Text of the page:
8. I think the GF labeling with under 20ppm is fine. I think the may contain wheat is for people with a wheat allergy. But – it still needs to be below 20ppm gluten. If companies don’t follow this – the FDA needs to crack down on them. I think Gluten Free Watch Dog just published an article saying that virtually all companies are doing a great job. I think not many companies would see the market benefit of a Celiac label and then with the gf label would be like playing roulette. The FDA needs to crack down on restaurants. Some restaurants are getting away with too much while others are doing a fantastic job. To say GF in a restaurant- there needs to be a standard that is adhered to.

    1. Laura,

      I 100% agree with this statement!! If a restaurant is not Celiac safe, they are not gluten free. Period. What part of this is not understood? The whole purpose of having GF food is so the Celiac community can go out and eat safely. Right? It angers me to no end that restaurants are legally allowed to use the GF menu when many are not.

      Who’s going to start a petition!?! Lets get organized!!! How can we do this and make it stick?

      For now, it is the Whole 30 for this one (unless it comes from Canada:)

  9. Labeling laws aren’t primarily for consumer protection, that’s long established, so companies won’t do away with the GF labels anytime soon BUT the Celiac-safe label is ideal and I’m have NCGS.

    The Gluten-Free Certification Organization (GFCO), who’s responsible for the GF logo with the circle around it in the USA, has a standard of ongoing testing and 10ppm on finished products for its companies. If they made a top-tier certification for those companies with GF facilities, then this safe eating dream could be a reality.

    I trust the GFCO logo the most. However, even with their stringent policies they do certify OATS (gorwing, harvesting, and production taken into account) and wheat starch (gluten removed). This is my only qualm with their procedures because I have a wheat allergy and I don’t trust any Oats in between here and Pluto!

    Does anyone have negative experiences or qualms with this type of solution?

    1. Yes. GFCO validates the FDA’s inadequate rules. I don’t pay attention to GFCO anymore, not since 2014 when they opened the flood gates to their certification program. Everything went downhill fast.

      1. Oh goodness.What happened in 2014?!?!

        🙁 This is why I need to stay in touch versus checking in to GF groups.

        I’m scared to find out because it’s probably why I’ve been sick all of 2017 since I went back to eating packaged goods.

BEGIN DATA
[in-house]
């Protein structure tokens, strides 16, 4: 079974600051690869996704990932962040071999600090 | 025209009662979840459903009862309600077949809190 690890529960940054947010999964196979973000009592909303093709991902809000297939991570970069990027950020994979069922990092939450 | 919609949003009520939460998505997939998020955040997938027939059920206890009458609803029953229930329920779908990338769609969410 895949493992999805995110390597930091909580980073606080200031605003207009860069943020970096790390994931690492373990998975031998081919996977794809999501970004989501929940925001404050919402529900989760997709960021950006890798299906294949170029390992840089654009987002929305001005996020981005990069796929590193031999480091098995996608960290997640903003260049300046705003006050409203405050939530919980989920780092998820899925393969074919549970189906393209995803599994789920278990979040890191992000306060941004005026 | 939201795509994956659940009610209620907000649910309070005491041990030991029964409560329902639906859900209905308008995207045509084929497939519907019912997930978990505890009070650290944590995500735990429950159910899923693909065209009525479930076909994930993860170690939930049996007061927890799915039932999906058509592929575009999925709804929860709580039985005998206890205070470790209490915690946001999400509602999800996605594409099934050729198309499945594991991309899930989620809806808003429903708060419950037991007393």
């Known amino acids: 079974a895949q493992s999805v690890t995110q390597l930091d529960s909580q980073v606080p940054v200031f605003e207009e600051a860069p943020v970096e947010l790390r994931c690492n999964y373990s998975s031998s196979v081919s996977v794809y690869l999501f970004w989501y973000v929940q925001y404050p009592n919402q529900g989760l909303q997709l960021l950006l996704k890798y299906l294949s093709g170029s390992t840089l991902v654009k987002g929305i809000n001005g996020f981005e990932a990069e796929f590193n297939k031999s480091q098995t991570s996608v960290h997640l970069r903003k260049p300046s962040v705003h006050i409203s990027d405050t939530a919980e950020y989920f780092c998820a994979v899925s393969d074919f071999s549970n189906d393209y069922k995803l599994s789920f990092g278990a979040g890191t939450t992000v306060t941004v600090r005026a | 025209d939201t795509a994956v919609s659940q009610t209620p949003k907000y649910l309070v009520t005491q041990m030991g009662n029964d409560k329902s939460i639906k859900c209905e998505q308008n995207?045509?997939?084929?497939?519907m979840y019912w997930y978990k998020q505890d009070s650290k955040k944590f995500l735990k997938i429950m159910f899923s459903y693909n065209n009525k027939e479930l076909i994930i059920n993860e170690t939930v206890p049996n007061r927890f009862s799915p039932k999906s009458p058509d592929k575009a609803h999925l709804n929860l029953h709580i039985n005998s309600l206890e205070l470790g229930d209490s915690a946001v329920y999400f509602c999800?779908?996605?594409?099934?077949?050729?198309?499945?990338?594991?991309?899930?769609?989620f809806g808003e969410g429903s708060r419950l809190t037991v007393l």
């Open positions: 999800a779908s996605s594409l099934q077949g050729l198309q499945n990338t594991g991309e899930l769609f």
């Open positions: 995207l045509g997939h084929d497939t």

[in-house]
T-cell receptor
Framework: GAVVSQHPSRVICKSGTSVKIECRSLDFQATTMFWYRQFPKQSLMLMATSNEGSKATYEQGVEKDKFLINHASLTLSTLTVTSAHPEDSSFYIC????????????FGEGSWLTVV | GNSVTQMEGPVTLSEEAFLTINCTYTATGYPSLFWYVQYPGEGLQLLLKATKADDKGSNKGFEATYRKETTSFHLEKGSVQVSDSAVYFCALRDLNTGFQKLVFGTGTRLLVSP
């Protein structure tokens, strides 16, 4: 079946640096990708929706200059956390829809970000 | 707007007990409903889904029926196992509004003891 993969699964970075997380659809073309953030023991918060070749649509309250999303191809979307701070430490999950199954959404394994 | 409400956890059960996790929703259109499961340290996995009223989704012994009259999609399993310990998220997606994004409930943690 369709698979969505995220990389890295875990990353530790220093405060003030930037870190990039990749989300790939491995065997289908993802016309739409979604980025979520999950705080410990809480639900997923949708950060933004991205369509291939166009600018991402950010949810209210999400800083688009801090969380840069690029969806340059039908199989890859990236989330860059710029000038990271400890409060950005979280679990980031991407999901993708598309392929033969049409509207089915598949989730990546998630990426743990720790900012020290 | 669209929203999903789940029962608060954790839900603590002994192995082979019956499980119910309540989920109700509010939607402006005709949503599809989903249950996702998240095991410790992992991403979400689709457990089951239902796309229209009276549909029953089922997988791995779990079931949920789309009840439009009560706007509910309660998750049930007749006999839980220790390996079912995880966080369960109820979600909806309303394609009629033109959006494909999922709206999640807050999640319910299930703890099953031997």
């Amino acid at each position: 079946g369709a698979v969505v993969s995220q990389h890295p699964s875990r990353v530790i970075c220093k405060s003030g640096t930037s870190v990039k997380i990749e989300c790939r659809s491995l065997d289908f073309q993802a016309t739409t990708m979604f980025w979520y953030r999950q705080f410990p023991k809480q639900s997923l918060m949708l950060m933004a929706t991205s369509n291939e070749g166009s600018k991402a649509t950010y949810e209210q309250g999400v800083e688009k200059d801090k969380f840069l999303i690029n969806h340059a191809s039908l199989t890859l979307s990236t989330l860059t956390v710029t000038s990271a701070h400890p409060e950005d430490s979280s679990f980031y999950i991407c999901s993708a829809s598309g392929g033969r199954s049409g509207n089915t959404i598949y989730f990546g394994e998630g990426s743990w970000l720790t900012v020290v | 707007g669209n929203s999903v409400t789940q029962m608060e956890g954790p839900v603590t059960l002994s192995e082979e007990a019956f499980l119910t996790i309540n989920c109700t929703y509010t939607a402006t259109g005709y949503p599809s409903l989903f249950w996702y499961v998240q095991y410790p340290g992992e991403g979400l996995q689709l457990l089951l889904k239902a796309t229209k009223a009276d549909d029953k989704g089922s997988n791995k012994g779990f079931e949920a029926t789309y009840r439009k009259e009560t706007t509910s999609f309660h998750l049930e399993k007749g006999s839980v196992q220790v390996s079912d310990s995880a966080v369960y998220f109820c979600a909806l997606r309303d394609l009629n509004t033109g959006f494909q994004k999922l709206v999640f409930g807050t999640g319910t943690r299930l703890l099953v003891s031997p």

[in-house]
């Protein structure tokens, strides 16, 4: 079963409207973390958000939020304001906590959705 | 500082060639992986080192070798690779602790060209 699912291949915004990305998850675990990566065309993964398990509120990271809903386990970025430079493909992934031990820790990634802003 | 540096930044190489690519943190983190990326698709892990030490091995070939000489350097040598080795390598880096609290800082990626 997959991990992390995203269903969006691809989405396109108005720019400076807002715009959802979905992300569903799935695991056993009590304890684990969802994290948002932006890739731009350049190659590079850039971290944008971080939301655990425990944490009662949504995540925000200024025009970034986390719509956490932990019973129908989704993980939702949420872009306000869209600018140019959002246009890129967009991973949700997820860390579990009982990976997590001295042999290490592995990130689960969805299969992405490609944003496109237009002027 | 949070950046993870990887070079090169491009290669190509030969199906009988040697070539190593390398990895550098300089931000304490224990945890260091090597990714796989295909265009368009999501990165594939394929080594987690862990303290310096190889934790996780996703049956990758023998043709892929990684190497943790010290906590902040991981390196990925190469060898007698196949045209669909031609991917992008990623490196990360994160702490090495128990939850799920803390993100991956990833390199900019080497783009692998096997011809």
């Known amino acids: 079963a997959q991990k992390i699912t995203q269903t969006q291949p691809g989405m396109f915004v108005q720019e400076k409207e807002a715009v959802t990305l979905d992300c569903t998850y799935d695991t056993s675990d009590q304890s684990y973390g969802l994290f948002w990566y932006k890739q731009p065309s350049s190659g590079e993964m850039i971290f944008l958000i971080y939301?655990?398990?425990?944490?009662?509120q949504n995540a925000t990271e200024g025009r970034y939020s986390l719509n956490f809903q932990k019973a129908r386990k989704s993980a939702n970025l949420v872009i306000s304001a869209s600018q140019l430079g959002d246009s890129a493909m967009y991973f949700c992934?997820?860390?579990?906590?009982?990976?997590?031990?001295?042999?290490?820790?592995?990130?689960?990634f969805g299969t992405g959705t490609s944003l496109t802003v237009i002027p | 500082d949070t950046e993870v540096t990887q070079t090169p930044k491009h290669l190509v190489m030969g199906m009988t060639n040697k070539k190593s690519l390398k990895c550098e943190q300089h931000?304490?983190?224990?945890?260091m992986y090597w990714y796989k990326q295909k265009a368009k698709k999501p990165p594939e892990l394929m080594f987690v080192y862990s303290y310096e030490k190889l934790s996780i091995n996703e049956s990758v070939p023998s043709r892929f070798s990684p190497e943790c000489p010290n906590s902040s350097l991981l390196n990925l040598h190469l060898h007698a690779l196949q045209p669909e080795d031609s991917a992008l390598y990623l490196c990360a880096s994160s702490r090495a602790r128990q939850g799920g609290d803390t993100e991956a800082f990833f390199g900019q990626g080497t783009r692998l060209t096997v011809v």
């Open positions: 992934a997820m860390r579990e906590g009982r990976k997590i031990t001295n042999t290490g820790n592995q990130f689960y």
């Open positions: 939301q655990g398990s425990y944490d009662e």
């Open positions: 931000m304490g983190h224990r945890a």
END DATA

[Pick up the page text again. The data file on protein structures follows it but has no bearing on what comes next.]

1. Hi Lena,
          Like many, I do not trust any foods made in the USA and have gone to eating only eating organic whole foods. If I have a treat it is usually a banana or blueberries with gf nuts. It was hard at first, but I feel SO much better so it is worth it.
          Even with WF, there have been times that I gotten itchy blistery elbow from broccoli and wonder if it was grown near a field with wheat, rye, or barley, so even whole foods could be an issue for the very sensitive.
          Thankfully I have a garden and can eat without worry most of the time.

  10. I was just going to ask your thoughts on the Certified Gluten Free label. That’s the first thing I look for. And when I see mainstream brands with their “gluten free” label I run away. Don’t trust them regardless of what the label says. Big companies like that are going to make everything in the same facility. I like supporting the smaller companies I can trust.

    1. Many small companies have been bought out but you would never know it by the label. The U.S. is governed by corporations with the highest bribes. Just saying, you might want to check your small company ownership before trusting the small company label.

    2. GFCO was my go-to before 2014 and the FDA rules. GFCO then seemed to align themselves with the unhelpful FDA rules. This made GFCO meaningless for me.

  11. I’m wondering if it would be possible to energize the market share that Celiac/NCGS wield so our voices, our purchasing power drowns out the jokes, the fad dieters and “sort of gluten free” eaters that seem to be catered to on every grocery shelf stocked with questionable gluten free food products. Would it be possible to have the tides turned in our favor so that companies manufacturing gluten free foods would do everything they could to have their 10ppm or less product listed on the “Celiac Safe” list. A coveted place, a place of honor and prestige for their product to be listed. A product that was very profitable because it was included on the Celiac Safe listing. As of now, if people continue to eat the questionable products, our bodies are at their mercy. I’d like to see our buying power change that scenario!